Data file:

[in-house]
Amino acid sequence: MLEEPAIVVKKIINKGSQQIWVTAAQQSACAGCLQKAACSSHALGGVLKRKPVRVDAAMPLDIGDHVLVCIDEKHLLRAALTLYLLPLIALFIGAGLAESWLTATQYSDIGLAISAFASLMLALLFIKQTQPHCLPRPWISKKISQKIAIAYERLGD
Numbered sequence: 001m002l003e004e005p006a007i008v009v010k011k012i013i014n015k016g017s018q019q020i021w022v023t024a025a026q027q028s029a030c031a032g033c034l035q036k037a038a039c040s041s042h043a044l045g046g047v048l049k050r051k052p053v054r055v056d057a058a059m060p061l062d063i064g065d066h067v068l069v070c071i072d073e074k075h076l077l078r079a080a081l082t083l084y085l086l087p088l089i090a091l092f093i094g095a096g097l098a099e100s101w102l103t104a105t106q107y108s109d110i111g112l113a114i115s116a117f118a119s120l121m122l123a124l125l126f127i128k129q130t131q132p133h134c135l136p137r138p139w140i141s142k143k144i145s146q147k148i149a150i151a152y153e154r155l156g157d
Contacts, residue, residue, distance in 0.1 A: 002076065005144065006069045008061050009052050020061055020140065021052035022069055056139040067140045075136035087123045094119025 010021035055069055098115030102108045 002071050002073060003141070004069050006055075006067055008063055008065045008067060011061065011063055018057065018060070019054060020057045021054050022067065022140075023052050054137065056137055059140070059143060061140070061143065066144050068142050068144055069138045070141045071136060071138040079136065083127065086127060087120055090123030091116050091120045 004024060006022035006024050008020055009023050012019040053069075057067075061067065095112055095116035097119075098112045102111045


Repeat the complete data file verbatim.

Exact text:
[in-house]
Amino acid sequence: MLEEPAIVVKKIINKGSQQIWVTAAQQSACAGCLQKAACSSHALGGVLKRKPVRVDAAMPLDIGDHVLVCIDEKHLLRAALTLYLLPLIALFIGAGLAESWLTATQYSDIGLAISAFASLMLALLFIKQTQPHCLPRPWISKKISQKIAIAYERLGD
Numbered sequence: 001m002l003e004e005p006a007i008v009v010k011k012i013i014n015k016g017s018q019q020i021w022v023t024a025a026q027q028s029a030c031a032g033c034l035q036k037a038a039c040s041s042h043a044l045g046g047v048l049k050r051k052p053v054r055v056d057a058a059m060p061l062d063i064g065d066h067v068l069v070c071i072d073e074k075h076l077l078r079a080a081l082t083l084y085l086l087p088l089i090a091l092f093i094g095a096g097l098a099e100s101w102l103t104a105t106q107y108s109d110i111g112l113a114i115s116a117f118a119s120l121m122l123a124l125l126f127i128k129q130t131q132p133h134c135l136p137r138p139w140i141s142k143k144i145s146q147k148i149a150i151a152y153e154r155l156g157d
Contacts, residue, residue, distance in 0.1 A: 002076065005144065006069045008061050009052050020061055020140065021052035022069055056139040067140045075136035087123045094119025 010021035055069055098115030102108045 002071050002073060003141070004069050006055075006067055008063055008065045008067060011061065011063055018057065018060070019054060020057045021054050022067065022140075023052050054137065056137055059140070059143060061140070061143065066144050068142050068144055069138045070141045071136060071138040079136065083127065086127060087120055090123030091116050091120045 004024060006022035006024050008020055009023050012019040053069075057067075061067065095112055095116035097119075098112045102111045